Joyce J. Scott  was born to sharecroppers in North Carolina who were descendants of slaves. Her family migrated to Baltimore,  where Joyce was born and raised. She earned her BFA from the Maryland Institute College of Art, MFA from the Instituto Allende in Mexico, and was conferred honorary doctorates from both The Maryland Institute College of Art  and California College of the Arts. 

In 2017, Scott and her primary gallery, Goya Contemporary, opened her largest exhibition to date at Grounds For Sculpture in New Jersey.   In addition to historic and recent objects, Scott realized 2 large-scale site-specific works focused on the abolitionist Harriet Tubman, created at the Johnson Atelier.  Other major projects include glassworks made at Berengo Glass Studios on the Italian island of Murano, Italy, which were exhibited in the 2013 Venice Biennale collateral exhibition Glasstress, and a major one-person exhibition at the Baltimore Museum of Art.      Scott   has been the recipient of many commissions, grants, awards, and honors  from such institutions as the National Endowment for the Arts, the Louis Comfort Tiffany Foundation, Anonymous Was a Woman, American Craft Council, National Living Treasure, Women’s Caucus for the Arts, The National Academy of Design, The Baker Award, MacArthur Foundation Fellowship Award, New York University Fellowship Award, and the Smithsonian Visionary Artist Award. Scott explores challenging subjects, powerfully revealing the equality between materials and practices often associated with “craft” and “fine art.”   She currently lives and works in Baltimore, Maryland, and is represented by Goya Contemporary Gallery.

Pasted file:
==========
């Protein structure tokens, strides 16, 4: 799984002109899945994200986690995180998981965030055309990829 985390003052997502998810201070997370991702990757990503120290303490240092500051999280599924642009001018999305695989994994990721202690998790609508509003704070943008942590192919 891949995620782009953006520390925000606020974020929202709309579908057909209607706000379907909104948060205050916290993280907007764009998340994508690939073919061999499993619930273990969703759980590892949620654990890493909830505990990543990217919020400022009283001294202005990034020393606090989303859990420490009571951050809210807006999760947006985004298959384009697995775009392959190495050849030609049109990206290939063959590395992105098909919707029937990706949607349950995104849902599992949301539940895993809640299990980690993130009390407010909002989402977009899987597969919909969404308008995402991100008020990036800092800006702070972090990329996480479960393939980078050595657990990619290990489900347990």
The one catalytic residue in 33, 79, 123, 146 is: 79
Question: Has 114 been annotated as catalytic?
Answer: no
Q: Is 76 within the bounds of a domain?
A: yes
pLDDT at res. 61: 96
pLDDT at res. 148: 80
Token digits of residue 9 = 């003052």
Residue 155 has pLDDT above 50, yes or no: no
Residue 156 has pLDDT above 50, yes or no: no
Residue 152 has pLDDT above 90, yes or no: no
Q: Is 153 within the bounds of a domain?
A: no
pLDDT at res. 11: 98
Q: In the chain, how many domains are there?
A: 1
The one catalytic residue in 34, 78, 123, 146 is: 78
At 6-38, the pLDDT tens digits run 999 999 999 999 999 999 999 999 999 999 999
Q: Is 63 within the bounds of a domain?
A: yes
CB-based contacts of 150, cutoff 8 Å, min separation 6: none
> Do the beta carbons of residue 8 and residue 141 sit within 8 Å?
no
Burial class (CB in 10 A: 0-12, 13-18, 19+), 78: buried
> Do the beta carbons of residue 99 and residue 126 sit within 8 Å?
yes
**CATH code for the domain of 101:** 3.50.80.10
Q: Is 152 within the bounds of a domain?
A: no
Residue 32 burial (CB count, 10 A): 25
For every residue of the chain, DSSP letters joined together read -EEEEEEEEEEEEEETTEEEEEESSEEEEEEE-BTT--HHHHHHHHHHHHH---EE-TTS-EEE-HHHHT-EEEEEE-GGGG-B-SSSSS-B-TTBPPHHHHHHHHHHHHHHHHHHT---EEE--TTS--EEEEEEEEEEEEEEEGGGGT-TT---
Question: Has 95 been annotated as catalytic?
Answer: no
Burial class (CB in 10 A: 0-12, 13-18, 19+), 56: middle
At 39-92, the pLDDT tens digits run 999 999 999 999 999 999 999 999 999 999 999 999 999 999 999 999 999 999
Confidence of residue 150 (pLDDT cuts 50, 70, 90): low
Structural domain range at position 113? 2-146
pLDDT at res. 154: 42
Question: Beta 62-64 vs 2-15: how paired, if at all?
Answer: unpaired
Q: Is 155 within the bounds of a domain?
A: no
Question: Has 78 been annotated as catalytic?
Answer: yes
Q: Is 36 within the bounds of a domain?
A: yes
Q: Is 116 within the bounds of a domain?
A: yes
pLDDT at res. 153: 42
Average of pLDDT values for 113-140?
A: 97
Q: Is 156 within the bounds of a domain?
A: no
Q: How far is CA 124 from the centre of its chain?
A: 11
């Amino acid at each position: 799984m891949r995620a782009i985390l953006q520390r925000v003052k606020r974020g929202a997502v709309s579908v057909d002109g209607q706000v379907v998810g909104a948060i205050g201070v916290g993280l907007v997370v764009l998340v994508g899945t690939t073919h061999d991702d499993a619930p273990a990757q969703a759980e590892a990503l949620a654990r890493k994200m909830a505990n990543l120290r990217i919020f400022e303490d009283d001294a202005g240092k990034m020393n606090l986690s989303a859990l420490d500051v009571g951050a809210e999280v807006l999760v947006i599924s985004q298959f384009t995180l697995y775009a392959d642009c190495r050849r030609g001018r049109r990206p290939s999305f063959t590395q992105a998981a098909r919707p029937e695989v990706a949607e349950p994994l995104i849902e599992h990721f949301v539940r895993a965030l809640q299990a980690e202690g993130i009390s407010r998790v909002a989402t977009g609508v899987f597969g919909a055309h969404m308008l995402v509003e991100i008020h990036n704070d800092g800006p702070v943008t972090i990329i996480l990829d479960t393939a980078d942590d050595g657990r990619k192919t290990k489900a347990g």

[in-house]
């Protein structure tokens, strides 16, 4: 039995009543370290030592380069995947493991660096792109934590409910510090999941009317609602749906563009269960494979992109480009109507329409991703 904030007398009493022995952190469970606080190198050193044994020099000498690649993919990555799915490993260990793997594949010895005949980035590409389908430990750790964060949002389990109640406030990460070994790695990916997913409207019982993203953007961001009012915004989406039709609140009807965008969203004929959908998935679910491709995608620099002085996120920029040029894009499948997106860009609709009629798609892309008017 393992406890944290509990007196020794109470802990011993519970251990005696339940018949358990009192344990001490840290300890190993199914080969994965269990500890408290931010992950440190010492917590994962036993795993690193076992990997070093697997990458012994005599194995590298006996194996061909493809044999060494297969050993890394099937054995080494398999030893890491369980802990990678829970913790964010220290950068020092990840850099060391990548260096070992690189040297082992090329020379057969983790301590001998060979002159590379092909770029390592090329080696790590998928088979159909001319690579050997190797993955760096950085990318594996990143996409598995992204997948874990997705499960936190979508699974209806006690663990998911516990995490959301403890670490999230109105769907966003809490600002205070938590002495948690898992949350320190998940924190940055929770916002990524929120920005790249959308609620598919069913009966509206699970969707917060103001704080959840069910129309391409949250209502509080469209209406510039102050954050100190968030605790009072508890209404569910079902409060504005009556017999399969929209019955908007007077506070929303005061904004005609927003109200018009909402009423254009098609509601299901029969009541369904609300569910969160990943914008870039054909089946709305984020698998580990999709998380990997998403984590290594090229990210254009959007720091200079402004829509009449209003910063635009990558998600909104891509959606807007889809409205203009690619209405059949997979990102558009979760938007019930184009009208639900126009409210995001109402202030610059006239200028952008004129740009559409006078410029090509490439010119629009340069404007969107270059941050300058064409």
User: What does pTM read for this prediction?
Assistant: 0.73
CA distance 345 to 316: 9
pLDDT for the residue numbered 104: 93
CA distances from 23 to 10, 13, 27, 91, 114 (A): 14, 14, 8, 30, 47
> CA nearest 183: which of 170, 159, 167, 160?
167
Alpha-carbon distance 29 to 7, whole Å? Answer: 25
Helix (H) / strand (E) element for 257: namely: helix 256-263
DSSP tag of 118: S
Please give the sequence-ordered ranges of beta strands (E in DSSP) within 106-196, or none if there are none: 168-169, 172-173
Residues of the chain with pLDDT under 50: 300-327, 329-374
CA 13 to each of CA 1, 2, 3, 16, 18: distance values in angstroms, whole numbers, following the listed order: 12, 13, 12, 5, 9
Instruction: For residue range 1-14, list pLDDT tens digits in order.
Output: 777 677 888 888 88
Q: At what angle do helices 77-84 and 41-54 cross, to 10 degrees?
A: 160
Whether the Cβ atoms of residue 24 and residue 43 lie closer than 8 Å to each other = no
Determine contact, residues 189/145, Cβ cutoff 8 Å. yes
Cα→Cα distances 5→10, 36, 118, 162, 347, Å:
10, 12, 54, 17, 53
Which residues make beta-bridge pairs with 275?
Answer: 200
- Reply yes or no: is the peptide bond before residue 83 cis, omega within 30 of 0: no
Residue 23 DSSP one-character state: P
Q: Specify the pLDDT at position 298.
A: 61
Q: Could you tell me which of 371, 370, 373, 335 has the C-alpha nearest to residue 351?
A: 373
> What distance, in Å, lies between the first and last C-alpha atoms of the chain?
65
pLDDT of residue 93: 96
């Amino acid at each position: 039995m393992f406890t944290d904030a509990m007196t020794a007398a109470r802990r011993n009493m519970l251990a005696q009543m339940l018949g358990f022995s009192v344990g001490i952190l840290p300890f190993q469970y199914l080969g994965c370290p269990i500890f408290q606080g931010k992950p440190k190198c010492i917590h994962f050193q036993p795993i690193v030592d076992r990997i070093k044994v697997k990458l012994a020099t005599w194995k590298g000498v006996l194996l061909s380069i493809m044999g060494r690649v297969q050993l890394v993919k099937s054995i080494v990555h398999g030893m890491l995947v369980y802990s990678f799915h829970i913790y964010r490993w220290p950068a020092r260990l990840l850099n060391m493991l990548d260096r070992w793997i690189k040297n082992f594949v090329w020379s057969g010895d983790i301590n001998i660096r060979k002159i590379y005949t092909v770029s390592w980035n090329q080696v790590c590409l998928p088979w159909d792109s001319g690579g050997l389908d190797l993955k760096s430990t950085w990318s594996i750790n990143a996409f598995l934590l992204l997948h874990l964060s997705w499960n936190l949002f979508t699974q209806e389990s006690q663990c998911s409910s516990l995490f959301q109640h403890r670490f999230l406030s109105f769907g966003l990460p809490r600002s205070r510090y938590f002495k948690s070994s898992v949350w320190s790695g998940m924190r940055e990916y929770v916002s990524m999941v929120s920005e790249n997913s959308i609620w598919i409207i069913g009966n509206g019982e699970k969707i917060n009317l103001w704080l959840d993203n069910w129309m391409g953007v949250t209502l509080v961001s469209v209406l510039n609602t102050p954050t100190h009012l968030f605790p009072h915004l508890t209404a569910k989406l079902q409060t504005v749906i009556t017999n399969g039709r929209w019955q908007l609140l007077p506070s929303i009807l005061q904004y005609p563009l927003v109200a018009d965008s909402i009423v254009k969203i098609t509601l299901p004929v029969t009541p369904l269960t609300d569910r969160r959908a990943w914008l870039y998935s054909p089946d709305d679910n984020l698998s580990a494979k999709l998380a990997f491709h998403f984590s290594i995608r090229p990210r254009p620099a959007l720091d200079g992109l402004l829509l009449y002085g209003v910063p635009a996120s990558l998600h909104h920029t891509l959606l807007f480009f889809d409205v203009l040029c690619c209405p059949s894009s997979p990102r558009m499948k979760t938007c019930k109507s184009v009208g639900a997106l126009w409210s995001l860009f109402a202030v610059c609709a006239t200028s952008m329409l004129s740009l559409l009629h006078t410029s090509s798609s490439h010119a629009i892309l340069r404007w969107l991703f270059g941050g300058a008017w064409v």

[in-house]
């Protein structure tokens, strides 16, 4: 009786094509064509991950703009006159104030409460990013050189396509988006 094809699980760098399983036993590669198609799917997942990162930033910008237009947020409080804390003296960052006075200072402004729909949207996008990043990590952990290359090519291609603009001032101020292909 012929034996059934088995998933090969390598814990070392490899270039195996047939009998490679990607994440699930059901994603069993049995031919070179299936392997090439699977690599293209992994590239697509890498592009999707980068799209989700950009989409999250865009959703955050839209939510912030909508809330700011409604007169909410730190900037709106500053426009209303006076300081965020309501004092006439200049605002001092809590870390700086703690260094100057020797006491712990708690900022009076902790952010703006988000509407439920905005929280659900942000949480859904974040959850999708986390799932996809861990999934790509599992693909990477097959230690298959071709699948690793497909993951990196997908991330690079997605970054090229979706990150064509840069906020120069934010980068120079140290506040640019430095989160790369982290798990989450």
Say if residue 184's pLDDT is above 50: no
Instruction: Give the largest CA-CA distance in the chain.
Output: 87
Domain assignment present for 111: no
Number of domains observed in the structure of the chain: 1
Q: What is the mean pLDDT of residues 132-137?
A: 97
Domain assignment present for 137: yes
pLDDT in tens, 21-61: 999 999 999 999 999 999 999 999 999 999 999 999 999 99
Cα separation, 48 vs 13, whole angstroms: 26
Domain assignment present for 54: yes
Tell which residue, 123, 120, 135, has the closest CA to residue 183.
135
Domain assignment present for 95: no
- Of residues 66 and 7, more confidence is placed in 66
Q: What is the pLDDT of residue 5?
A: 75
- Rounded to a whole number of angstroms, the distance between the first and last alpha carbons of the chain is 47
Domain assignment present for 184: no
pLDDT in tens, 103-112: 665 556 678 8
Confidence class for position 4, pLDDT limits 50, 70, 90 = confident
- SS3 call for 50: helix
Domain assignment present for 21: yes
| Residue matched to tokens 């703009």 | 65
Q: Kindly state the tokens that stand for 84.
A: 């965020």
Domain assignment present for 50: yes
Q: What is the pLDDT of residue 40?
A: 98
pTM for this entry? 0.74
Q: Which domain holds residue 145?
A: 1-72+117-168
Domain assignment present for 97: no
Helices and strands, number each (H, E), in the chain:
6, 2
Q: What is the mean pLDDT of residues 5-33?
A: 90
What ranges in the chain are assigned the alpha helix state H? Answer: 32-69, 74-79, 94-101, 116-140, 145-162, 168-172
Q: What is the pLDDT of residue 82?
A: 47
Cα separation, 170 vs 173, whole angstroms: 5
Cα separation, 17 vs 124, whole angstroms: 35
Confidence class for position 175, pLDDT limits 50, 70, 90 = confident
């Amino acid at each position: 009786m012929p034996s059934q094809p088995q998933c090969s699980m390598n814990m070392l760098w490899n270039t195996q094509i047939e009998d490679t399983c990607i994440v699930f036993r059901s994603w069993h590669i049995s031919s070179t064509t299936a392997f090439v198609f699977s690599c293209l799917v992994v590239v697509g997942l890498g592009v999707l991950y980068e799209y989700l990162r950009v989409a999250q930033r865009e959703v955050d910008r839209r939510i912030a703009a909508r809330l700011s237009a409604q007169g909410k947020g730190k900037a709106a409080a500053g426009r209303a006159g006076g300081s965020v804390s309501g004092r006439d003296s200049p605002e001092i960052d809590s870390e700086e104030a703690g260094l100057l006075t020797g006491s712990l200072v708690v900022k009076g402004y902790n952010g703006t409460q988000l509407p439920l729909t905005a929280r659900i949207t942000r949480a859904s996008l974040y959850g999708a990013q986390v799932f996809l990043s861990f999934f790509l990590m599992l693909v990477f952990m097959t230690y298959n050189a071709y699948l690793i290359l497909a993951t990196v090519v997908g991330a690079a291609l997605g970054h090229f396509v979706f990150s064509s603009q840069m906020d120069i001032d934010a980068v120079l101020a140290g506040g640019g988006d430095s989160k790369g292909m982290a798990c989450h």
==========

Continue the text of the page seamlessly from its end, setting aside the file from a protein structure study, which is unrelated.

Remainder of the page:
New Book: Newspaper Confessions

Author: Julie Golia

Newspaper Confessions

A History of Advice Columns in a Pre-Internet Age

Oxford University Press, 2021

What can century-old advice columns tell us about the Internet today? This book reveals the little-known history of advice columns in American newspapers and the virtual communities they created among their readers.

Imagine a community of people who had never met writing into a media outlet, day after day, to reveal intimate details about their lives, anxieties, and hopes. The original “virtual communities” were born not on the Internet in chat rooms but a century earlier in one of America’s most ubiquitous news features: the advice column.

Newspaper Confessions is the first history of the newspaper advice column, a genre that has shaped Americans’ relationships with media, their experiences with popular therapy, and their virtual interactions across generations. Emerging in the 1890s, advice columns became unprecedented virtual forums where readers could debate the most resonant cultural crises of the day with strangers in an anonymous, yet strikingly public, forum. Early advice columns are essential–and overlooked–precursors to today’s digital culture: forums, social media groups, chat rooms, and other online communities that define how present-day American communicate with each other.